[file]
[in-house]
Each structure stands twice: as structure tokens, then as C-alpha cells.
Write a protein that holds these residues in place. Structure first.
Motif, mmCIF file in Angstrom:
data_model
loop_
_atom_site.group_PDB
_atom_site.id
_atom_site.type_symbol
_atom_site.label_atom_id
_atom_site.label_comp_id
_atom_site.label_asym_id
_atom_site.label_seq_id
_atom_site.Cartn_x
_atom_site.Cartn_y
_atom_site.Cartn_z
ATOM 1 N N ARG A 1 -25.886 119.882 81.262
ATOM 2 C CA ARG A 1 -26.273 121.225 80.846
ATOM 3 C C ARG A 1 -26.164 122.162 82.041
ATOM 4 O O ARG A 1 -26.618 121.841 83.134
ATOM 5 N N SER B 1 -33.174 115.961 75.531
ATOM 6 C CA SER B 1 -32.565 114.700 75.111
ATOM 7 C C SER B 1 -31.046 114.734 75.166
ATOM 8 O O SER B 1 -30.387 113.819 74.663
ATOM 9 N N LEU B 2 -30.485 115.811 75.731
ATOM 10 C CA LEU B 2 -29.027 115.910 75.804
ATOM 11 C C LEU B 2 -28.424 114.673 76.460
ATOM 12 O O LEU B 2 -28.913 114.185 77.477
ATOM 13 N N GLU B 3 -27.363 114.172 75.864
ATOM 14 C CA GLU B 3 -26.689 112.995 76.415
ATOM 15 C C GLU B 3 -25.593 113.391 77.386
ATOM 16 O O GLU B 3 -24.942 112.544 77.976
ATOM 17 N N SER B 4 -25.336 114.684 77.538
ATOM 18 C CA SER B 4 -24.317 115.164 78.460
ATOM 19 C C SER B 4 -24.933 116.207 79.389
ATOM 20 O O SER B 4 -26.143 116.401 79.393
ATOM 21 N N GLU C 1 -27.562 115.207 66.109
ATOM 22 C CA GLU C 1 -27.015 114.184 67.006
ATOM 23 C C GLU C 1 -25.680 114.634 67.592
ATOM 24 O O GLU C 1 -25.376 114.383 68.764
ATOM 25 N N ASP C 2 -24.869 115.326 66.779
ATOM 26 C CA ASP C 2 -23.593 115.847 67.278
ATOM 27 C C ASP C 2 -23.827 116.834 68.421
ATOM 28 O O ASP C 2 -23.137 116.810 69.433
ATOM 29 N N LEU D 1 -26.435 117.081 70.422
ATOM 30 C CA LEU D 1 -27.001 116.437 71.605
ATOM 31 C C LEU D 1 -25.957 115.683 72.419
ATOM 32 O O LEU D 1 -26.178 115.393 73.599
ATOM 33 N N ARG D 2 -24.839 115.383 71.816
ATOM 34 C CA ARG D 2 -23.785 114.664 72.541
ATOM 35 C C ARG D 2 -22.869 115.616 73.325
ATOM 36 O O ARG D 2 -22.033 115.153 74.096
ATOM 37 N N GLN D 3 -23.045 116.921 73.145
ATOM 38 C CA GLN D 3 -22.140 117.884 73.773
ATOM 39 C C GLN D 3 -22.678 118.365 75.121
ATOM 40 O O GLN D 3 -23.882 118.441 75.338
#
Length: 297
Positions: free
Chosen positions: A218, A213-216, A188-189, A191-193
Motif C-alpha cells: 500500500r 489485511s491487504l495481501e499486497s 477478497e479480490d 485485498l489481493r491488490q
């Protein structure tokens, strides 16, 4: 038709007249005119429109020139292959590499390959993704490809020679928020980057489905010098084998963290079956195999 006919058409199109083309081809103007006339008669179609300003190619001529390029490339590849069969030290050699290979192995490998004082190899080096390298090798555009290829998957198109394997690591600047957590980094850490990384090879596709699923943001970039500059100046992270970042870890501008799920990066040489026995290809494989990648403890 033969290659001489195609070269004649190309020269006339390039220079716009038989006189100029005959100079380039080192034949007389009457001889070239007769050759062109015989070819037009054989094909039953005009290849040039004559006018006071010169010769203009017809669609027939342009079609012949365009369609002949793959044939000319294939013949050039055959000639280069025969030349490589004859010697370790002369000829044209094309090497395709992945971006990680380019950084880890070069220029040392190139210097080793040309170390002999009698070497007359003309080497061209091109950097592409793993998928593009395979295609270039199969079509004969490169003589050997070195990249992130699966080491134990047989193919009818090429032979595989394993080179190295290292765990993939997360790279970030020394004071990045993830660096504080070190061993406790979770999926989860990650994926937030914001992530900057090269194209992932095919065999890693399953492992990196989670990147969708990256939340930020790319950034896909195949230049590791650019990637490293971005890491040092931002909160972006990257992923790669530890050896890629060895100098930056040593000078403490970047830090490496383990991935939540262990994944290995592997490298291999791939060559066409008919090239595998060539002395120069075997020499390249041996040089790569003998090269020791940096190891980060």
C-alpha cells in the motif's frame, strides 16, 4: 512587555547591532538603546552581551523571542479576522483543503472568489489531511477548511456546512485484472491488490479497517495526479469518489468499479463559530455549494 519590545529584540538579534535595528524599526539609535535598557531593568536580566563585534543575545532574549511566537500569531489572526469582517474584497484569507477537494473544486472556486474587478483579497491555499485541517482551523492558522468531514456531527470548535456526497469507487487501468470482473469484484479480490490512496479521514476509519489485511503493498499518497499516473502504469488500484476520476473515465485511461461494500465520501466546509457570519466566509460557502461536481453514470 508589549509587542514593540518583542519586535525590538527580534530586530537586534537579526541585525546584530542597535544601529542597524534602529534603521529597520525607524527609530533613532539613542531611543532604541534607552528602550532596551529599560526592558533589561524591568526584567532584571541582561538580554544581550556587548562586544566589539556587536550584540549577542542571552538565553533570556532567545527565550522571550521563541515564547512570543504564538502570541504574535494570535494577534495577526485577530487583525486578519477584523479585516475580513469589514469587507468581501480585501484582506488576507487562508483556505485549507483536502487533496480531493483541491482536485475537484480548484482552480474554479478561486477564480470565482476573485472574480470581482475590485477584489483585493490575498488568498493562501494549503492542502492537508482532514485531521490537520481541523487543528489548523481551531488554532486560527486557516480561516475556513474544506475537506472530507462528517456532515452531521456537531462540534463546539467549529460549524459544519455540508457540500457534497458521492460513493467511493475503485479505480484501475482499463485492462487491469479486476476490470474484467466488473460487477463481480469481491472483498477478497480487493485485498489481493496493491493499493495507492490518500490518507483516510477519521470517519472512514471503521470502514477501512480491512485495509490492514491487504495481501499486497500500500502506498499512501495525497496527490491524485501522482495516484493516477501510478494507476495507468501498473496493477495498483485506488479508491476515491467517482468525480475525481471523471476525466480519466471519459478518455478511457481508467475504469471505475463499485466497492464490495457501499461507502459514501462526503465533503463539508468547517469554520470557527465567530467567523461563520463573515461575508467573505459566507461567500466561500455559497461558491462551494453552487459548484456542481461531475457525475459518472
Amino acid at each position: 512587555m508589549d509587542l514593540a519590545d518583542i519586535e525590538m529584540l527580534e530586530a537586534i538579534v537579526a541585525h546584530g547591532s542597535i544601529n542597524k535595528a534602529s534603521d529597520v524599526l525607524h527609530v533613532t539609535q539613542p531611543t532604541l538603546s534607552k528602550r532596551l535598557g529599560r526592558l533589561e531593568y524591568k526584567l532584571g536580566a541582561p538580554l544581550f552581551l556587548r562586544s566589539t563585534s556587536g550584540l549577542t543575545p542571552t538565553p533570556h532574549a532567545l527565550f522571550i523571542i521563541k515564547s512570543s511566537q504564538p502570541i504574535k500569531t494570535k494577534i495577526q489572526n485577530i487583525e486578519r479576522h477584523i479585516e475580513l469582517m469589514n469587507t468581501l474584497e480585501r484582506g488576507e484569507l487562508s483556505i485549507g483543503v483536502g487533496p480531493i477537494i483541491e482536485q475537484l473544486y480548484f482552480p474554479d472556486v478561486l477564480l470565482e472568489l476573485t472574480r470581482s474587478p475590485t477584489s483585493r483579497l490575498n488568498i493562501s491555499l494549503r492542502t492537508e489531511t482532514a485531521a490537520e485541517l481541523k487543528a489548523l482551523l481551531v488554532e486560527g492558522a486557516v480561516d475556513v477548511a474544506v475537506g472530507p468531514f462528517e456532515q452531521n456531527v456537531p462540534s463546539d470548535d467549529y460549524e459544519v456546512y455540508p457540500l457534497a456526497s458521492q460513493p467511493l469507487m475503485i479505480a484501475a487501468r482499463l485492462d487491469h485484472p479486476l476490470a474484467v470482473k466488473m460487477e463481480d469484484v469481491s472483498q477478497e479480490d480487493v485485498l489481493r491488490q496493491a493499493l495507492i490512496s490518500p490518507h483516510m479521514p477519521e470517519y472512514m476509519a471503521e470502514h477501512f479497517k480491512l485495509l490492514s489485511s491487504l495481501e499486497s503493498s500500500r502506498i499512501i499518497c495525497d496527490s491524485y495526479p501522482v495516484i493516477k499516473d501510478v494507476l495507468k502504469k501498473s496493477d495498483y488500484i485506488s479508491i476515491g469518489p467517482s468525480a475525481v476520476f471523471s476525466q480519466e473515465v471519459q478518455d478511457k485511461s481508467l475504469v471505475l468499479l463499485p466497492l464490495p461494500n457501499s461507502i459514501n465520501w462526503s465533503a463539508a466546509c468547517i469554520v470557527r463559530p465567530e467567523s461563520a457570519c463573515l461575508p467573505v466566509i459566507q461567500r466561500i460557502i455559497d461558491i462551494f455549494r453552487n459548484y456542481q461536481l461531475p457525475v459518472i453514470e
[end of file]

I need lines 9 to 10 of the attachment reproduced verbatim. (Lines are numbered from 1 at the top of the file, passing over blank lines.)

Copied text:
_atom_site.type_symbol
_atom_site.label_atom_id